Subscribe

Automate Dataverse solution deployment with Azure Pipelines

27th June 2022

In previous Azure DevOps related posts we looked at:

How to configure the connection between an Azure DevOps project for Pipelines usage and your Power Platform environments

How to build a pipeline to commit your solution to a repository

In this post, we’re going to look at the next step, being a new pipeline. This pipeline is pretty simple, and allows you to export a solution from one environment, import it to another environment such as test or production as managed, and then publish your customisations!

It’s key to be able to follow this post, that you’ve configured the service connection between your DevOps environment and Power Platform environment. If you haven’t done that, check out this post. You also need to have Power Platform build tools installed in DevOps.

Creating your pipeline

So, first we need to go to our Azure DevOps project and go to ‘pipelines’. We need to create a new pipeline and then you can select to ‘use the classic editor to create a pipeline without YAML’.

Now we need to tell Azure Pipelines where our source/repository is. In my case I’m going to configure my pipeline with a GitHub repo, but you can use an Azure Repo or another type to suit your needs. Using an Azure Repo might be the easiest option if you don’t know how to make the connection with another type of repository. Once you’ve configured your repository, select continue.

Now we need to select a template or start with an empty job to build out our pipeline. In this case, we’re going to select to use an ‘empty job’.

Now we can start adding our tasks to agent job 1 to build out our pipeline.

We want to add the following tasks to our agent job:

✅ Power Platform Tool Installer

✅ Power Platform Export Solution

✅ Power Platform Import Solution

✅ Power Platform Publish Customizations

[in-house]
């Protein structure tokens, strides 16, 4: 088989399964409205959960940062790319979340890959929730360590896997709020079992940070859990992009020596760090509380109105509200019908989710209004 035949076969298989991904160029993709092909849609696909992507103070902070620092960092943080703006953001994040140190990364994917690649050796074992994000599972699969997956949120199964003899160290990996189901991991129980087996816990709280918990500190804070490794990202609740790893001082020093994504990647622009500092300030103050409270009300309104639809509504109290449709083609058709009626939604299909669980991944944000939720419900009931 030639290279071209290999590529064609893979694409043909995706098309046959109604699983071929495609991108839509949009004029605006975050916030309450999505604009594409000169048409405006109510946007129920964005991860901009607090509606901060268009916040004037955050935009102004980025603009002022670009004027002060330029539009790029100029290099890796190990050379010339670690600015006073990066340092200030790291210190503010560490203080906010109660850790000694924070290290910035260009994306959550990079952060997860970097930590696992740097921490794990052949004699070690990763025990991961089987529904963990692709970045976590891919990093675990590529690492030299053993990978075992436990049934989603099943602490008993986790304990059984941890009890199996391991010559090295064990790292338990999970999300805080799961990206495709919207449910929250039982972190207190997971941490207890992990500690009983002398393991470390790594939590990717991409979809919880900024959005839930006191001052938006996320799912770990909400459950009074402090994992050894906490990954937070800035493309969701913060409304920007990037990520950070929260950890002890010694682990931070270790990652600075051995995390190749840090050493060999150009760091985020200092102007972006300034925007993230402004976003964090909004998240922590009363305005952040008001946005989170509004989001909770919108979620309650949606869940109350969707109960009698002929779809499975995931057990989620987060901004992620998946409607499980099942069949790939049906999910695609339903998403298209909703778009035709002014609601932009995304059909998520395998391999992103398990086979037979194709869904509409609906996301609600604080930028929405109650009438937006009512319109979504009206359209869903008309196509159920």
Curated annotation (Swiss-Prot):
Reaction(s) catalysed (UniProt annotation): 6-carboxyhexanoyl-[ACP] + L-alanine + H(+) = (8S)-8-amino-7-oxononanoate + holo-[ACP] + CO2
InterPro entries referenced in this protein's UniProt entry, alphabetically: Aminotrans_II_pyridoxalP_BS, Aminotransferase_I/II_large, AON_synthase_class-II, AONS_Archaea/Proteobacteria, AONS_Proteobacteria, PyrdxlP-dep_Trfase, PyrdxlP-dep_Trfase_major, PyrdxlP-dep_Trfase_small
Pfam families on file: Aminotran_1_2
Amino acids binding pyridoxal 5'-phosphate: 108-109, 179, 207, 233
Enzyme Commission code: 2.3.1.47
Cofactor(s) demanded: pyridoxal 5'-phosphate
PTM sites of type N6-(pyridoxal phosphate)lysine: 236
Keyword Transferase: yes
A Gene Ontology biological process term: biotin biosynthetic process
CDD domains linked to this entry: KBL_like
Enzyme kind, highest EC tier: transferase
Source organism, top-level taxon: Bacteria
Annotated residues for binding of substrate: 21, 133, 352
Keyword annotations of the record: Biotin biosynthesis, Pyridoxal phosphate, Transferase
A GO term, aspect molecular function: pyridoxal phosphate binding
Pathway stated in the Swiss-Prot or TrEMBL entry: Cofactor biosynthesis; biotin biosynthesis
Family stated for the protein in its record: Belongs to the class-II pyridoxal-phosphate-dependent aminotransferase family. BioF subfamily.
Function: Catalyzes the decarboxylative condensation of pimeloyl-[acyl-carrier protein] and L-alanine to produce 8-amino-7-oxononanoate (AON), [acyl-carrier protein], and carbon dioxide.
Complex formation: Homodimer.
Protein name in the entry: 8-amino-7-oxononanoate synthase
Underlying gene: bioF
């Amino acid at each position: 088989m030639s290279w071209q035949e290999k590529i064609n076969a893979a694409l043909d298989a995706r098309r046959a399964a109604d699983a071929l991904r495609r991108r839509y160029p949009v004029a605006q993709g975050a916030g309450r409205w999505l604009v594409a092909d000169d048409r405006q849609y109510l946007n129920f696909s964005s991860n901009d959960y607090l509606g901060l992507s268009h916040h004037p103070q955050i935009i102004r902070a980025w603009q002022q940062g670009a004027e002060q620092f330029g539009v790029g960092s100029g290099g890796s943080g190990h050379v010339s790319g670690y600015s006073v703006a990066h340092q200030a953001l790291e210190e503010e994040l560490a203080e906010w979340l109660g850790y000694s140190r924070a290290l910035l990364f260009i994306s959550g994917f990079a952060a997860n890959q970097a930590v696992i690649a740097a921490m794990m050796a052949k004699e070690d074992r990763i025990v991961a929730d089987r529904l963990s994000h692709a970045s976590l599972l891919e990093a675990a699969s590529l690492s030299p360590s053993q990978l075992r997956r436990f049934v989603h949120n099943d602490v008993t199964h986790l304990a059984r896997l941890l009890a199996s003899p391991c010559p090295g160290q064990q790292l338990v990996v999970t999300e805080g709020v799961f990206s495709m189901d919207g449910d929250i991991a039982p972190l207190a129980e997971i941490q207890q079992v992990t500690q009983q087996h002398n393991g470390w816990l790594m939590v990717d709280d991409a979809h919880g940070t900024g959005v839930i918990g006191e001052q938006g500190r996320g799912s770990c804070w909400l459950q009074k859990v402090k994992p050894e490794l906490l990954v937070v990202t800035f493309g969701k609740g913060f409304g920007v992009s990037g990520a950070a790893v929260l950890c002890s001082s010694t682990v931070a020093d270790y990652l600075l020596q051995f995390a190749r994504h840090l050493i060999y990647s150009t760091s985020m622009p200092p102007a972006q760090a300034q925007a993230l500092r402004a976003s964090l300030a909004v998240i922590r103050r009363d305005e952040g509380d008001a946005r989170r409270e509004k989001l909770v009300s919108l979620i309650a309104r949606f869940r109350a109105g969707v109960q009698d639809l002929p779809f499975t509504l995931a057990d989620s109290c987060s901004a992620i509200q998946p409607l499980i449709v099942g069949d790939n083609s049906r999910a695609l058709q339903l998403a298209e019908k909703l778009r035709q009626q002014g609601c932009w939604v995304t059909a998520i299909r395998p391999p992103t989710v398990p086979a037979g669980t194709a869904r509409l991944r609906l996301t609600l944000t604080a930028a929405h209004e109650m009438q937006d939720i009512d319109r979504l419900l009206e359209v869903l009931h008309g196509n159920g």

Now we need to go to the variables tab of our pipeline edit window and add a new ‘pipeline variable’. We’re going to give this variable the name ‘SolutionName’ and set the value to the name of our solution in our Dataverse environment. Now we can head back to our tasks tab and start to configure our added tasks.

Power Platform Tool Installer

We don’t need to do any configuration when it comes to this step, we simply need to add it and move onto the next! An easy start!

Power Platform Export Solution

This is the step where we’re going to fetch our solution from our Power Platform environment, which is most likely a development environment, so that we can use it to import into our target environment. For this step we’re going to use a ‘Service Principal/client secret’ authentication type. If you haven’t followed the steps in the first post on Azure DevOps linked at the top of this post, you need to do this first to have a service connection present to use.

Once we’ve selected the option to use a service connection, we need to select the service connection we have configured to make a connection to our Power Platform environment.

For the solution name field we are going to use the variable we created, so simply fill in the value as $(SolutionName)

For the solution output file we’re going to use the following value: $(Build.ArtifactStagingDirectory)\$(SolutionName).zip

We need to check the box to export as a managed solution if we’re importing this solution in a test or production environment. If you’re just moving the solution to another development environment or source control, you can leave this unchecked to export as unmanaged.

Power Platform Import Solution

This step is fairly similar to the last except we’re now importing the solution we’ve just exported to our target environment. We need to select the service connection of the environment we want to import out solution to and use the following value in out solution input file field.

$(Build.ArtifactStagingDirectory)\$(SolutionName).zip

Power Platform Publish Customizations

This step is a more simple one like the first. We simply need to select the service connection of the environment we’re importing our solution to. This step will publish all the solution XML changes in the environment.

There you have it! Save your pipeline and test it out. That’s how you create a pipeline to automate the deployment of a dataverse solution from one environment to another!

I hope this helps.

Posted in ALM, Azure, Dataverse

Leave a Reply

Subscribe to Blog via Email

Enter your email address to subscribe to this blog and receive notifications of new posts by email.

This will close in 0 seconds